Take last night’s battle with the Twins, for instance. The Royals squandered 1-0 and 3-1 leads, and were trailing 5-3 heading into the last of the sixth. They got a run back immediately, to make it 5-4, but were still down one in the bottom of the eighth.

With Casey Fien on the mound for the Twins, Salvador Perez picked up a leadoff single, and Yost put the wheels in motion with pinch-runner Jarrod Dyson, whose legs would soon have twofold significance.

Rookie Paulo Orlando tripled singled Dyson over to third, a 180-feet advancement that might not have been possible with catcher speed. That put Dyson in position to score the tying run on a productive out, but it also enabled Orlando to steal second behind him. The next batter, Christian Colon, grounded out, plating Dyson and moving Orlando to within 90 feet of home plate. Fien salvaged some dignity by inducing a foul out from Alcides Escobar, which left Orlando stuck on third, and first-year manager Paul Molitor decided that was enough.

A couple of weeks ago, St. Paul Pioneer Press beat writer Mike Perardino wrote about the ways in which the Molitor era might differ from Ron Gardenhire’s tenure. One aspect that Berardino identified was using closer Glen Perkins “outside of textbook save situations,” like, say, high-leverage, lefty-lefty matchups in the eighth.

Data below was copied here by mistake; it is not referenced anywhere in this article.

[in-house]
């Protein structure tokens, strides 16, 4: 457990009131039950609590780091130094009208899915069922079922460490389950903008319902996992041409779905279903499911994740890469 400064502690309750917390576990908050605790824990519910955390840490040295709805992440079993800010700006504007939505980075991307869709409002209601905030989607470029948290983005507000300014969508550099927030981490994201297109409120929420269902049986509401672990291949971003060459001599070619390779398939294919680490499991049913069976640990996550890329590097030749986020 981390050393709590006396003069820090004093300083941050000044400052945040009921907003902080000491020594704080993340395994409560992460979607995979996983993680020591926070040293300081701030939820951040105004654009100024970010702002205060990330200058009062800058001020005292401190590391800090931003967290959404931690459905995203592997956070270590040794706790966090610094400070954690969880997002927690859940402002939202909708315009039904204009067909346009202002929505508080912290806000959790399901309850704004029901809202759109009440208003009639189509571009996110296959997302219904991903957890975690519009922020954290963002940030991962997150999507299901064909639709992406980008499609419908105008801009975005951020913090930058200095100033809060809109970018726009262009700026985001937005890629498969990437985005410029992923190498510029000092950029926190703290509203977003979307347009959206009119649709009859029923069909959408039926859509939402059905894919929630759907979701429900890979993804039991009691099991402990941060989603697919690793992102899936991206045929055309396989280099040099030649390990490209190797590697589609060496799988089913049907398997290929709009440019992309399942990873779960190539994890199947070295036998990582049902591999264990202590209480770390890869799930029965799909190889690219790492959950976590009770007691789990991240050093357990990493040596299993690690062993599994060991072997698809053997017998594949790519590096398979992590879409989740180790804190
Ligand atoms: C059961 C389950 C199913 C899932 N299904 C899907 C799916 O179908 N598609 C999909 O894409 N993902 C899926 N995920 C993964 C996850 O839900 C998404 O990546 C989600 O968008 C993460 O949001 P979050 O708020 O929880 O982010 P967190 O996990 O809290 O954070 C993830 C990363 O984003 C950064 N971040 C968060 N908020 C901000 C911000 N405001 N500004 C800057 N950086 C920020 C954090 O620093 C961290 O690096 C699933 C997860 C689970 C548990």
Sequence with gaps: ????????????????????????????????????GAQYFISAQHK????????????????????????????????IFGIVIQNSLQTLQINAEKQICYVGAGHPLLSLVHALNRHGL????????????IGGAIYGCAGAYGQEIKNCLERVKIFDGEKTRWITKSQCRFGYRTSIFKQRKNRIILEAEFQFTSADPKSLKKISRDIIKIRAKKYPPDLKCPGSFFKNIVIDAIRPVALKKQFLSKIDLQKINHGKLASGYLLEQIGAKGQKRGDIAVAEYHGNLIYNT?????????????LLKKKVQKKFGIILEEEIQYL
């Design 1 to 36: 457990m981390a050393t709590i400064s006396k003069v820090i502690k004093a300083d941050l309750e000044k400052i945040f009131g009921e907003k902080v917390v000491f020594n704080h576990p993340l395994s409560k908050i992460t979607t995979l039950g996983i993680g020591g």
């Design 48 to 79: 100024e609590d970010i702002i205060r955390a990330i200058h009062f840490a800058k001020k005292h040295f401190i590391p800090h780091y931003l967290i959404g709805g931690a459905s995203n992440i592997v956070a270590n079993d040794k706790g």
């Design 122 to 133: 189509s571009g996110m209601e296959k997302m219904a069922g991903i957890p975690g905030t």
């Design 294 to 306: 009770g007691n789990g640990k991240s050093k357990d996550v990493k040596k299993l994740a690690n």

Case in point: Tuesday’s contest, when Molitor called on Perkins in a 5-5 tie. Trouble is, Mike Moustakas wasn’t onboard with that narrative:

Perkins made an 0-2 fastball mistake, Moose slapped it into left field, and the Royals were on the verge of their eighth come-from-behind victory of the young season. Wade Davis, who’s filling in for the injured Greg Holland, took care of the rest in a clean ninth.


No David Wright? No problem. Eric Campbell went 1-for-2 with two walks in his stead.

No Travis d’Arnaud? No biggie. Kevin Plawecki enjoyed a 2-for-4 debut.

Add two knocks by Wilmer Flores and a walk worked by pitcher Jonathon Niese, and you’ve got eight times on base for the 6-9 hitters in manager Terry Collins’ order.

The Mets and Braves were scoreless after four-and-a-half, when Trevor Cahill slipped into one of his patented bouts of wildness. He issued a leadoff walk to Campbell, and then gave up singles by Plawecki and Flores to load the bases for Niese. Falling behind Niese 3-0 wasn’t Cahill’s finest hour, but to his credit, he recovered and got a tailor-made double-play ball.


Whoops, make that a run-scoring E4. Followed by a two-run Curtis Granderson single. Followed by an RBI single by Juan Lagares.

That was all for Cahill, and—since the Braves would only score once—that was all for them, too. The Mets cruised, 7-1, in their ninth straight victory and eighth in a row at Citi Field.


Most home runs land in the bleachers. Some reach the second deck. Occasionally, you’ll see a third-decker. If you’re lucky, someday you might watch a moonshot land on the fourth floor. But the 500 level? There aren’t many stadiums that can accommodate a baseball that high up.

Fortunately for Edwin Encarnacion, the Rogers Centre is one of them